If you want to cook 3oz of pork, which BTW is now totally safe to eat medium-rare, just check it while it is cooking by either using a meat thermometer or cutting it open to check the color. Or slice it into bit-size pieces that cook quickly - I do this all the time with chicken because I am deathly afraid of salmonella.

I can't speak to single popovers or liquid reduction vs. spice volume (though cutting the spices by 75% is a good place to start) but generally speaking, trial and error are the way to go, and as general rules of thumb, cooking on low-medium heat (unless you are searing something) and keeping a close eye on your food will greatly up the chances that everything will come out right.
posted by grumpybear69 at 11:27 AM on February 8 [2 favorites]


Wow, I expected more "Hey, I thought I was the only one who thought previously-cooked meat tastes odd" and less "bah, it's all just snobbery/ ignorance/ posturing".

People taste things differently. I guess I'm too biased as I do have this issue (and would prefer not to, as I am too picky about leftovers), and my knowledge of repurposing leftovers, ingredients and portioning don't make my personal statement (in)valid.
posted by queseyo at 11:37 AM on February 8 [7 favorites]


This reminds me, apparently my housemate left pizza in the fridge for me.

There's food at my food bank I regularly turn down because it comes from the kitchen where I used to work. One reason why is the familiar taste and that it triggers some kind of stress reaction. Another reason is because that kitchen has some sort of ongoing bad/weird microbial problem where pretty much all the food gave me heartburn, indigestion and related issues that stopped when I stopped working there and eating there, or waned if I just avoided eating at work. And the other reason and related to the above is I knew how long the leftovers were likely sitting in hotel pans in our walk in before someone picked them up, and that could be as much as ten days or even more. And we recycled the hell out of our ingredients. Yesterday's breakfast sausage was definitely in the quiche.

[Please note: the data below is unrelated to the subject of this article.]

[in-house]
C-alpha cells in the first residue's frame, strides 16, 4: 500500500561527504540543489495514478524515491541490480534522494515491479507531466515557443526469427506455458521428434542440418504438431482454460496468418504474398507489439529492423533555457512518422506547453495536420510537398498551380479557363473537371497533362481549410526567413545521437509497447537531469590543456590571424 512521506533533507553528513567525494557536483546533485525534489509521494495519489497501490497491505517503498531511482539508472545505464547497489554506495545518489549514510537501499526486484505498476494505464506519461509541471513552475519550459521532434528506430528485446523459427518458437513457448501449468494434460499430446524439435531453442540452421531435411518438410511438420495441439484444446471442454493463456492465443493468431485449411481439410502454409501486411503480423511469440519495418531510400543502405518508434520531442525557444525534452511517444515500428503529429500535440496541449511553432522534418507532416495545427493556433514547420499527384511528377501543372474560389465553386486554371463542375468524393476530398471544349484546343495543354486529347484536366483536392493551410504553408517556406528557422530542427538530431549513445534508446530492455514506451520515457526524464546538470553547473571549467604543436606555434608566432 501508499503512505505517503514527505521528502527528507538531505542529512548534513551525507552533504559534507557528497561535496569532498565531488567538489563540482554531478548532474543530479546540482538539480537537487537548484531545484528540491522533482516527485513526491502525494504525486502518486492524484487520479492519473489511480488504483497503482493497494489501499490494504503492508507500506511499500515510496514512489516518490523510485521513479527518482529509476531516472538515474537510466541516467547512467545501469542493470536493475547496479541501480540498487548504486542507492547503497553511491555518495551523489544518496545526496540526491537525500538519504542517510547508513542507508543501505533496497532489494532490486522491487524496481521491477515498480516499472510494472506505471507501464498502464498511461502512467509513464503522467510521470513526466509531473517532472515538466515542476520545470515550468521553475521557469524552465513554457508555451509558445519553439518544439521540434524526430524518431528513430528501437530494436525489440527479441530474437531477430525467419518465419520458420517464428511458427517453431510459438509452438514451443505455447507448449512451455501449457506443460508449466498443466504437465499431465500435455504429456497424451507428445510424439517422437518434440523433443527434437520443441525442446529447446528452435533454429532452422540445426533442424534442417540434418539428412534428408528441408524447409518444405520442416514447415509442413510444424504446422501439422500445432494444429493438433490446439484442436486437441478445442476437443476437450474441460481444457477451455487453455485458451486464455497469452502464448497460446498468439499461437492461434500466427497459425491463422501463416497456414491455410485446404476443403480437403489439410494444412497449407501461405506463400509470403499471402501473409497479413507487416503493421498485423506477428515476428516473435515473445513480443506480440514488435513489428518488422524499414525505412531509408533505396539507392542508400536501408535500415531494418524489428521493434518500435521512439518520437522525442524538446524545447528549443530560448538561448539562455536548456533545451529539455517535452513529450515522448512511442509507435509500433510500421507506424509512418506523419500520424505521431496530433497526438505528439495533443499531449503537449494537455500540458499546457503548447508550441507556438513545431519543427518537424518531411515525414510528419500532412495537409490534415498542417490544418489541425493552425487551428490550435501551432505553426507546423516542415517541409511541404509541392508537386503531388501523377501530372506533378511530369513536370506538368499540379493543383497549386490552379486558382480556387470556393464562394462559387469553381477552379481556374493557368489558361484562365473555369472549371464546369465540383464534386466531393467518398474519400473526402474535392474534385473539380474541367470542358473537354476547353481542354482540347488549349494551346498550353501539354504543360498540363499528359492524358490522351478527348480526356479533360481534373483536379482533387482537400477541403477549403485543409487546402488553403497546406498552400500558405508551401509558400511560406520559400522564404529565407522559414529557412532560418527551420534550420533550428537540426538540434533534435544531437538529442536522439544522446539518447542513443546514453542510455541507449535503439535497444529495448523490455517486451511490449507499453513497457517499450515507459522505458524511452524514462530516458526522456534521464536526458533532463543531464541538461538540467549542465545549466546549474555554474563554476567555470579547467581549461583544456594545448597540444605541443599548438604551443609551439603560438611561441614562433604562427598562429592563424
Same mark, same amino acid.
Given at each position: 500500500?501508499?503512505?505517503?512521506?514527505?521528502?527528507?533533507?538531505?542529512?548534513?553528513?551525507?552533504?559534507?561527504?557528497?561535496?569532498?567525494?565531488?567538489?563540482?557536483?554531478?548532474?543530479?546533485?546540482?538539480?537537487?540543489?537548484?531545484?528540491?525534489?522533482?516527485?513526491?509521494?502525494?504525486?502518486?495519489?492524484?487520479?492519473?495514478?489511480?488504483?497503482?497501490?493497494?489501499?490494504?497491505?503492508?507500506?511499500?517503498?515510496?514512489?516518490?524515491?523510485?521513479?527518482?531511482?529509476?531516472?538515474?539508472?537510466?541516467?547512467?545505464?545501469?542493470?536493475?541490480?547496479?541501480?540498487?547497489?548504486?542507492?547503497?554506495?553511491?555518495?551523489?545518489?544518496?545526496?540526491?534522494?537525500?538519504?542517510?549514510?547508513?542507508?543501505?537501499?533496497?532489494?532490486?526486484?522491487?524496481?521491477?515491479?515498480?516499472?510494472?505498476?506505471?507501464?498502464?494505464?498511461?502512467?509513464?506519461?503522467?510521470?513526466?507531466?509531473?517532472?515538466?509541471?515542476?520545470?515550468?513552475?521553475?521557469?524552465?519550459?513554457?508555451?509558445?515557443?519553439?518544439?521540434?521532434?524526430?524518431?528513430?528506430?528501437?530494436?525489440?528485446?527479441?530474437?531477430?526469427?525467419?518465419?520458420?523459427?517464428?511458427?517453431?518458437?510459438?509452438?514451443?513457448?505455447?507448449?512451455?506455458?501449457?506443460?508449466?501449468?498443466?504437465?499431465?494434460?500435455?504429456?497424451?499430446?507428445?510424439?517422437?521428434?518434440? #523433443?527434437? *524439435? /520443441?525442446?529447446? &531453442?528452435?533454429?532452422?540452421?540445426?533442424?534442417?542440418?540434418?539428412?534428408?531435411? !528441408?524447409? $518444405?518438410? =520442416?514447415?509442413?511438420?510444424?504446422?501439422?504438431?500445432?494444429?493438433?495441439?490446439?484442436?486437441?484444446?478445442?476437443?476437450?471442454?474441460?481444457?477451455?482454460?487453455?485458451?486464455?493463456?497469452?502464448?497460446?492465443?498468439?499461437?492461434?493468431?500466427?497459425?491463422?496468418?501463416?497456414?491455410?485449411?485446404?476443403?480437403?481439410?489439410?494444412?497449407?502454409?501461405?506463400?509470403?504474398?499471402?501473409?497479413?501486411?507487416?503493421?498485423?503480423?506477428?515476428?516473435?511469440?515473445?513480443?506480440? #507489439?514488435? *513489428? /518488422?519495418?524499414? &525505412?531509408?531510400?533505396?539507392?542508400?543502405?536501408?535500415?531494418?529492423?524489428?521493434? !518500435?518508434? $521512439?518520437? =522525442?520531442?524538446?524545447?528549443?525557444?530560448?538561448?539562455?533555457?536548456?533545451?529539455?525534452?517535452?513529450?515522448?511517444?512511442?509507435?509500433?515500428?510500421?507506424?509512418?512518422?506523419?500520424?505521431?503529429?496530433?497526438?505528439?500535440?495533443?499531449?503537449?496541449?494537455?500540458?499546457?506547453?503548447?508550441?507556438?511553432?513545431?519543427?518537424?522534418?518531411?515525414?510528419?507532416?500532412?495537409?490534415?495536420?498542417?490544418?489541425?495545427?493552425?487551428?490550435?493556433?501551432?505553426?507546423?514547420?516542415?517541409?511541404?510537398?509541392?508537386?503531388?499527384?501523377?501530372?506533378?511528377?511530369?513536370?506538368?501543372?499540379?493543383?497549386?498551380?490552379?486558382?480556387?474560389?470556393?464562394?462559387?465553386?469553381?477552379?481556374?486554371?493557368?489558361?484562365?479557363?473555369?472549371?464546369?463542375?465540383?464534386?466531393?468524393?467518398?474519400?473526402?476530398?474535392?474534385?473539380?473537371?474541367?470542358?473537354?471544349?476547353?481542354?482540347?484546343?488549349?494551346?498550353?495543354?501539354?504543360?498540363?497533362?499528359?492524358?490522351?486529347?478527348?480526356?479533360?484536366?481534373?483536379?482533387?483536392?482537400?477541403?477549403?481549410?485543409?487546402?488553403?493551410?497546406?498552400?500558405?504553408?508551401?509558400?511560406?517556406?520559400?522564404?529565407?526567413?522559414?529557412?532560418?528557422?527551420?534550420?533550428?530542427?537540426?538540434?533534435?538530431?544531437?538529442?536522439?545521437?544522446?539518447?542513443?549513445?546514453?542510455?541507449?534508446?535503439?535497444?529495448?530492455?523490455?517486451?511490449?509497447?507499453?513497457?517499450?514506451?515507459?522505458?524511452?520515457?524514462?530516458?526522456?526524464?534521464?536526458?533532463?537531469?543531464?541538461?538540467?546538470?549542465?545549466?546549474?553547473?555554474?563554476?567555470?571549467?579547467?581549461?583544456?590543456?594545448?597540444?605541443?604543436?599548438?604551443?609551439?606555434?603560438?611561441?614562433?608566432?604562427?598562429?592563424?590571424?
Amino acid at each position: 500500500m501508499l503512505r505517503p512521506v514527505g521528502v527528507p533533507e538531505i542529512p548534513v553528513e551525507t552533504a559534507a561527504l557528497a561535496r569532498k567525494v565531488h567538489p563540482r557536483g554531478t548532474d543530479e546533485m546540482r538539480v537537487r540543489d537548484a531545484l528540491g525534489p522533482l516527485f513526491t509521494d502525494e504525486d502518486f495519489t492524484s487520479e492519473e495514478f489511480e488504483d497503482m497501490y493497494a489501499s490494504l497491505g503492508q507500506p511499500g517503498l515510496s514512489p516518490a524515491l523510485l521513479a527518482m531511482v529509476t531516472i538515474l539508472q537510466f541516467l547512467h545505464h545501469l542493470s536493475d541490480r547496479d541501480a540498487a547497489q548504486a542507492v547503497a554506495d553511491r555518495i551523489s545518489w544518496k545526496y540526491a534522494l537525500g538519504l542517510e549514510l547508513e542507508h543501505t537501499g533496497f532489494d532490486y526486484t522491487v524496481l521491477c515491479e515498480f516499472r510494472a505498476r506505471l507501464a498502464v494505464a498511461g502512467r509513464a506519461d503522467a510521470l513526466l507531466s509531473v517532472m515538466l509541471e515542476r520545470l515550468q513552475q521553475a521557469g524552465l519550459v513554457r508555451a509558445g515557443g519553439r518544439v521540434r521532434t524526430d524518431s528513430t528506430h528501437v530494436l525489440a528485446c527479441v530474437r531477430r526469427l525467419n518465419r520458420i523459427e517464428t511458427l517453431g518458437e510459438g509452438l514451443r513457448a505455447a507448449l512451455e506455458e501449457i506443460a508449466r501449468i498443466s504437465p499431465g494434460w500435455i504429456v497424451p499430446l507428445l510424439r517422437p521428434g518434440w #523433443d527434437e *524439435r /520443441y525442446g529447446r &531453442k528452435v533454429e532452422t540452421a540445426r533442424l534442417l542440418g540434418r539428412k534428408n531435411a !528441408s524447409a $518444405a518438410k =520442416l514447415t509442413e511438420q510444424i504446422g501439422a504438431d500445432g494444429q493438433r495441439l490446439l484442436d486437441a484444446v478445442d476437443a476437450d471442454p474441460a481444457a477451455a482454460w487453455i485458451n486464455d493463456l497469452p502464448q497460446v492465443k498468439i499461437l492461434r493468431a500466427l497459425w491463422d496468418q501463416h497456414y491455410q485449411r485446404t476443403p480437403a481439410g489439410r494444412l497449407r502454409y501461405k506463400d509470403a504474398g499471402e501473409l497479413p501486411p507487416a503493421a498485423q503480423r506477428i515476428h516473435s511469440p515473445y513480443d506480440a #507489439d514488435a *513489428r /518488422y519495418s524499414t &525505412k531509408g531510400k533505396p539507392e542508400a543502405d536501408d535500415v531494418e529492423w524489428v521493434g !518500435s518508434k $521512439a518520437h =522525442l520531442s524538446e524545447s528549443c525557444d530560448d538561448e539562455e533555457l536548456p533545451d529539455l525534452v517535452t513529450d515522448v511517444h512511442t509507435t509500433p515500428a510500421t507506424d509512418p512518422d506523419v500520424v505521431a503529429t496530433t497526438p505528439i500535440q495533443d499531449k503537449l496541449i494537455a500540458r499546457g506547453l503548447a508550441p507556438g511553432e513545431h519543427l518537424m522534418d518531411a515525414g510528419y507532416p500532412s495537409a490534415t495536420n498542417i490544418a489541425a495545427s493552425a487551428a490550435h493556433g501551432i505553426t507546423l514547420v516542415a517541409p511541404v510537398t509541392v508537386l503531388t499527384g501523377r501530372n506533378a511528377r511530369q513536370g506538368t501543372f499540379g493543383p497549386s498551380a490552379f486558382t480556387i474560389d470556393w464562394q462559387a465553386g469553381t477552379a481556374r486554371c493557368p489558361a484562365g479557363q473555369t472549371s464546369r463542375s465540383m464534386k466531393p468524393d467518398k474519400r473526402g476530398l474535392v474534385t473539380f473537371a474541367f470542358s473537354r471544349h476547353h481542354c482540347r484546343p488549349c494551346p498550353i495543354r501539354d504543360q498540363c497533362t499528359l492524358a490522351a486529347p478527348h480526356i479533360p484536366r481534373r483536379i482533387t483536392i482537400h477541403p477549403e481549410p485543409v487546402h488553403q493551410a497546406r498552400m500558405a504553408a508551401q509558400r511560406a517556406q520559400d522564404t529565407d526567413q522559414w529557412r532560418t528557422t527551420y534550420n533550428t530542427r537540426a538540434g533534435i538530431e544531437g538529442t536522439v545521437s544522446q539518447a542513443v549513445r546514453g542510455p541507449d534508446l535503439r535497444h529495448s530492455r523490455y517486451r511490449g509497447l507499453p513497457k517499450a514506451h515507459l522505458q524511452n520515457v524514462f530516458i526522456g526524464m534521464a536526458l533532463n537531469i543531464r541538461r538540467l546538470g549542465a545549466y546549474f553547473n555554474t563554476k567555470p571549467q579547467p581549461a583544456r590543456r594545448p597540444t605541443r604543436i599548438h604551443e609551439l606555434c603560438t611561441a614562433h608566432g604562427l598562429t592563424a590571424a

posted by loquacious at 11:44 AM on February 8 [3 favorites]


I'm very surprised how heated some of y'all are over this article.

I see what you did there.
posted by Greg_Ace at 11:47 AM on February 8 [11 favorites]


I'm very surprised how heated some of y'all are over this article

All the fighting got me so I had to leave the thread for a while, now I'm back and I'm reheated.
posted by ominous_paws at 11:55 AM on February 8 [9 favorites]


Wow, I expected more "Hey, I thought I was the only one who thought previously-cooked meat tastes odd" and less "bah, it's all just snobbery/ ignorance/ posturing".

Yeah, I don't know which of the hot takes in here is most annoyingly dumb between the poles of "you must be a foodie if you even think you can taste that" and the "you shouldn't have leftovers in the first place," but as far as I can tell the article is just about the taste that some people obviously notice and why it happens. It would be annoying and pretentious if it then went on to say that the taste made leftover meat inedible, and that anyone who persists in eating leftover meat is a tasteless cretin, but...it didn't. I know that taste. I eat the things anyway. It's fine.
posted by invitapriore at 11:57 AM on February 8 [8 favorites]


For reals though, a milquetoast article on the duller end of Serious Eats food nerdery provokes: